When I asked my mom to write a guest post for Marriage Month I figured it was a bit of a shot in the dark. Between four kids + three (almost four) kids-in-law, eight grandkids, a quilting business, a children’s book in progress, and an upcoming wedding, she’s got plenty of things to keep her busy at the moment. And yet she took the time to write this…and it is PERFECT. (Full disclosure: she’s my mom and I like her, so I’m definitely biased.)
My parents are one of my favorite married couples ever. They’ve had plenty of ups and downs over the years, but I’ve grown up feeling secure in their love for each other. But instead of me blabbing on about it, I’ll turn it over to Grandma Terri!
My friend Sandra and her husband took their children to a water park this summer. She told me about a ride that required them to collectively carry a huge tube up 6 flights of stairs, in the blazing heat of the Phoenix summer, wait in an insanely long line of other riders, all for a plummeting, terrifying ride down a twisting water slide that really lasted a less than a minute. Then, she said, “we did it over and over and over again. We had a blast, except for the climbing part”.
That’s what I think of marriage. There a few moments of sheer exhilaration, some terrifying plummets, a lot of hard work and sweat and sometimes you have to wait for what you want; and you do all of this with the person you love. You wouldn’t want to enjoy such a ride with just anyone. So you choose one person to share the ride with, someone you love, someone you trust, someone you enjoy being with, someone who makes your heart skip a beat, even when you aren’t plummeting to earth on a rubber tube.
My parents just celebrated their 60th wedding anniversary in August. My youngest child is getting married in a matter of days. My husband and I are somewhere in the middle, having celebrated 34 years in May. Marriage has been on my mind a whole lot this year. I have watched with wonder how my parents continue to help each other, laugh with each other and love each other. I have wondered myself if I have taught my youngest everything he needs to know about marriage. Then I laugh. Of course I haven’t. How can you ever know everything you need to know about marriage?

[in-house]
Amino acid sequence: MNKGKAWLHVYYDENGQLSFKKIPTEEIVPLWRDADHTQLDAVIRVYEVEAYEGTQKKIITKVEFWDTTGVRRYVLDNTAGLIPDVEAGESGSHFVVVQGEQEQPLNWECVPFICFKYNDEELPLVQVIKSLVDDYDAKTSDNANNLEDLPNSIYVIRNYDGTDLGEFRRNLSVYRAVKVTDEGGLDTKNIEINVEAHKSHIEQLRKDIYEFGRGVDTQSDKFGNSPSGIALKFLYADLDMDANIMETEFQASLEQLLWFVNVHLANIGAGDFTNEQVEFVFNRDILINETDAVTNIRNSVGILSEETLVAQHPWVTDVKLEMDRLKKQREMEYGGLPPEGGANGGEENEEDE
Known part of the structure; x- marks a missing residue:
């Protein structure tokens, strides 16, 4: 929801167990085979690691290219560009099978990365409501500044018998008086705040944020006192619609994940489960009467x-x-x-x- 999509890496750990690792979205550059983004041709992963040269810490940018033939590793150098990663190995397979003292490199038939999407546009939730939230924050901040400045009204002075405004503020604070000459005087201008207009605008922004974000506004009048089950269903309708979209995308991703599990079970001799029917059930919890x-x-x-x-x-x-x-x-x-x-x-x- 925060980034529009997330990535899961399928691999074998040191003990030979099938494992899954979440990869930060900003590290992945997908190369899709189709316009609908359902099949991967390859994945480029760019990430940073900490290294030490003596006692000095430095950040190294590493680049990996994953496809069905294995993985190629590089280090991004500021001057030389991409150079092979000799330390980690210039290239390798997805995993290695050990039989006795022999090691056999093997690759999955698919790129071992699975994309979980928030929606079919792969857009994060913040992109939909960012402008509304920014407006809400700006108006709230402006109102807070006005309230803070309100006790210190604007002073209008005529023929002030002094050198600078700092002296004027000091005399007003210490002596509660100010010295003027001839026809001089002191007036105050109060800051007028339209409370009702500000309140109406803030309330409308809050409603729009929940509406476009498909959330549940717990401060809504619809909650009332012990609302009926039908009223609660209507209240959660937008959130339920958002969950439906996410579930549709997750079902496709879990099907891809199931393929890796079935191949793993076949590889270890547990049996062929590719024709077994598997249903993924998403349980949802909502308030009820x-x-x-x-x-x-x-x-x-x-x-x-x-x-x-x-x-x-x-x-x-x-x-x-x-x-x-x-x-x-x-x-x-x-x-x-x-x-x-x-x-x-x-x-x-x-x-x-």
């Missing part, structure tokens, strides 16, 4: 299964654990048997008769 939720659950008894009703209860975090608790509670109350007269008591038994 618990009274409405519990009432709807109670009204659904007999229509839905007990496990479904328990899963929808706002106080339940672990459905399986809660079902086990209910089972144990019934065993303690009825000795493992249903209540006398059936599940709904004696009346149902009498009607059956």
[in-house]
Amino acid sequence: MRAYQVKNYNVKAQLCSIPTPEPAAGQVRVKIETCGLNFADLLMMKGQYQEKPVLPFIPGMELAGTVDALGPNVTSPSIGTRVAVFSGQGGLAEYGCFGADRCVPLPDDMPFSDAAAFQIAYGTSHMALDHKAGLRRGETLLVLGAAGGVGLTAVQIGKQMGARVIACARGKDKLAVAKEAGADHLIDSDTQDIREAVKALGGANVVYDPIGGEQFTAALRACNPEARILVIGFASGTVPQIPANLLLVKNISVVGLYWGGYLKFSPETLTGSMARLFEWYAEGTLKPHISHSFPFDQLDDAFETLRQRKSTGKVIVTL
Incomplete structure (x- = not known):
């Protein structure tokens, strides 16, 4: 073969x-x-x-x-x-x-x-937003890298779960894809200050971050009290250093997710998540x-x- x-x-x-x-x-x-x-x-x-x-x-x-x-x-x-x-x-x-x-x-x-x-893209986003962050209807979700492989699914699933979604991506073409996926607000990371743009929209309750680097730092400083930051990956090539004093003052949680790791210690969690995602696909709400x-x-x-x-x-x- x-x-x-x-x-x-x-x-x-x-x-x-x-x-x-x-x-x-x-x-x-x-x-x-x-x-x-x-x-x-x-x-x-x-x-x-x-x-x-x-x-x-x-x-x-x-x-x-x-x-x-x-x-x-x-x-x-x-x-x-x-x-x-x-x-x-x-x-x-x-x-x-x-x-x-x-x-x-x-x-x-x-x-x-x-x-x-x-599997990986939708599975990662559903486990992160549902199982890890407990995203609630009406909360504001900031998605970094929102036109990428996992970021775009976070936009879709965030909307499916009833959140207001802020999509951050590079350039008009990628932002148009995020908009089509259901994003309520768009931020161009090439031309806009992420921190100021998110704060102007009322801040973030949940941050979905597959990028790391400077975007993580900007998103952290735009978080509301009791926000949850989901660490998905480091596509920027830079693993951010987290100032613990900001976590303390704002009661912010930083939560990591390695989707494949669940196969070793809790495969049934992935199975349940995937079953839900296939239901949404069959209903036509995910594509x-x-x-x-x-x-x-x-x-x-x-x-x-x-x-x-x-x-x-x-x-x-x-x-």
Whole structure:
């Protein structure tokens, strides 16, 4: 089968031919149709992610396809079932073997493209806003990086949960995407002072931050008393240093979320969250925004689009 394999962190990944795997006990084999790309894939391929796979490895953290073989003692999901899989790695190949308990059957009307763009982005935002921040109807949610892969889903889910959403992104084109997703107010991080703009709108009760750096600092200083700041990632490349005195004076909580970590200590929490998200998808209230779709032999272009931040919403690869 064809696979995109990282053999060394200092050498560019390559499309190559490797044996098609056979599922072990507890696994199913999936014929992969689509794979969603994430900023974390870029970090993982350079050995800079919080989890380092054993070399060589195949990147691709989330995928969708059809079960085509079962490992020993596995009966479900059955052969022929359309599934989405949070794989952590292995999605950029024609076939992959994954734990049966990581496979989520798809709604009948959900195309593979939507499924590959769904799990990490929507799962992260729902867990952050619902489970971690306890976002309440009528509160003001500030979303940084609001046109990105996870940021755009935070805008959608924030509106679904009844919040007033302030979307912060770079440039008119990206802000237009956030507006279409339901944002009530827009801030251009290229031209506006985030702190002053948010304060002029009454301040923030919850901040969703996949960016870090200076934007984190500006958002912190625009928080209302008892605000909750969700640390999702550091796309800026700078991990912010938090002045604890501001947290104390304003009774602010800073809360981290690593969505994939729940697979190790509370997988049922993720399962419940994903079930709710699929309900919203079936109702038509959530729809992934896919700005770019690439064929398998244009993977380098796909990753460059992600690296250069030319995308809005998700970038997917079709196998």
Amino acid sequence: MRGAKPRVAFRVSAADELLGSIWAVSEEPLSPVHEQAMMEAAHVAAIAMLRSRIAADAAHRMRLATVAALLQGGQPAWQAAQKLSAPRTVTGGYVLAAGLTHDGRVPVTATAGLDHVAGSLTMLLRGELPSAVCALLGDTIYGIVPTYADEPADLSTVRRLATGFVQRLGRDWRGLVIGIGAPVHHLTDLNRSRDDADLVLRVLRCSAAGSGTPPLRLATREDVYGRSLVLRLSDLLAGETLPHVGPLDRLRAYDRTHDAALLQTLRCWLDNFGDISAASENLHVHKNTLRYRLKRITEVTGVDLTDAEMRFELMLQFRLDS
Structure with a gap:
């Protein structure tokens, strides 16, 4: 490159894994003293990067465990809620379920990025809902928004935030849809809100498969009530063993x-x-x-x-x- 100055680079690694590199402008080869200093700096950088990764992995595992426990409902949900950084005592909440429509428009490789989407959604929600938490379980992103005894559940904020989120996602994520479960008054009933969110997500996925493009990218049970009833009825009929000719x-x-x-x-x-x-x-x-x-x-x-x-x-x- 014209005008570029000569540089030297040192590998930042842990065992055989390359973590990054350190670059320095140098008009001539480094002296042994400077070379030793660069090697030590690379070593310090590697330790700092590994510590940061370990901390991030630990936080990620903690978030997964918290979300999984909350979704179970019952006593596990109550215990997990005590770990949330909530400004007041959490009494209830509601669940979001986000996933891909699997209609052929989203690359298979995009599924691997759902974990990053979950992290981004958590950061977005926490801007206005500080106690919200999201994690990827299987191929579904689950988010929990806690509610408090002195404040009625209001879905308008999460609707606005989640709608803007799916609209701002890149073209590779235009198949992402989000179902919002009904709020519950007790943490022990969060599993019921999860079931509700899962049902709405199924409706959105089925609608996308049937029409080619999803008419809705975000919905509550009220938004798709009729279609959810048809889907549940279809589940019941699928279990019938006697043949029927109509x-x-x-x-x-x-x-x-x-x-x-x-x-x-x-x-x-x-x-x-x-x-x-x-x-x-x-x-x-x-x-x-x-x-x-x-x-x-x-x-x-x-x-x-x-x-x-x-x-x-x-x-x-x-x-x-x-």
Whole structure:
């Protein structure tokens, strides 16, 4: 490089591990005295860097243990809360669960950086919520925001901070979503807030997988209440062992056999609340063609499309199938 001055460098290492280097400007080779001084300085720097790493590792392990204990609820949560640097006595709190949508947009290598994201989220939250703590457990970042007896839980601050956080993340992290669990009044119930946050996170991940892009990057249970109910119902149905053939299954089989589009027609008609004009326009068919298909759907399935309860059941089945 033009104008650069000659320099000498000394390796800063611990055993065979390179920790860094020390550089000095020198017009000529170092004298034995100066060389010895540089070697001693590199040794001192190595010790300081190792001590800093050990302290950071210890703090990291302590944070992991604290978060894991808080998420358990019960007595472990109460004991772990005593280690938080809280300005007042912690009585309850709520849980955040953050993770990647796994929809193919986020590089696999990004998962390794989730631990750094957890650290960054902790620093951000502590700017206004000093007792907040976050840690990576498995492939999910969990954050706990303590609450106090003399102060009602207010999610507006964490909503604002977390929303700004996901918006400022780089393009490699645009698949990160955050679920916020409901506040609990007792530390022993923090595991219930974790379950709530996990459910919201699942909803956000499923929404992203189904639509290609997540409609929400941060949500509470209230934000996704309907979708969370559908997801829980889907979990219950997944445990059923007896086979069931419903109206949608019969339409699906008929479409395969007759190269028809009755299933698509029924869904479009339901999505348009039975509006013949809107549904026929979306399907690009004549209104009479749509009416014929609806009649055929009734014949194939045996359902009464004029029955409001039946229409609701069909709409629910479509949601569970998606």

“Marriage…is a learned behavior. Our conscious effort, not instinct, determines the success. The motivating force stems from kindness, true affection and consideration for each other’s happiness and welfare…. The Bible tells us charity suffereth long and is kind (1 Corinthians 13:4). That kind of love, the kind not taken lightly, not terminated at pleasure and thrown away like disposable plastic, but which faces all of life’s little difficulties hand in hand, entwining the souls, is the ultimate expression of human happiness.” (Howard W. Hunter, Teachings of Howard W. Hunter, 135-36.)
I love this description of marriage. We have to work at it every day. We can’t give up when things get hard. Sometimes one is strong, then the other is strong and sometimes, we are strong together. Sometimes we have to do things we don’t want to do, and sometimes the other has to do things they don’t want to do, but many times we do things we like to do – together. We keep learning as our life keeps changing. We keep falling in love – over and over and over again. “It’s a blast, except for the climbing part”.
If this is my only chance to give my youngest a few words that might help him and his bride in their new adventure called marriage, these are the words I would share:
Respect. Communicate. Pray. Listen. Work. Be Kind. Don’t Be Selfish. Have Patience. Be Honest. Forgive. Say You Are Sorry. Find Joy in Everyday Things. Don’t Quit When Things Get Hard, Because They Will Get Hard. Make God Your Partner in Everything. Say “I Love You” Every Day. Be Happy! Enjoy the Ride!
They were BABIES when they got married (my mom was 19!) but it makes my heart so happy that they still look at each other the way they did on their wedding day. I mean, the hair is different, but come on. That grin kills me.
I think this is my favorite line: “Sometimes one is strong, then the other is strong and sometimes, we are strong together.” That’s definitely been the case in my own marriage. What do you think of her advice? And assuming you enjoy water slides (which should be an obvious YES except David doesn’t because even he has his flaws) do you think it’s a fitting metaphor? What kind of marriage do you hope to have by your 30th–or 60th!–anniversary?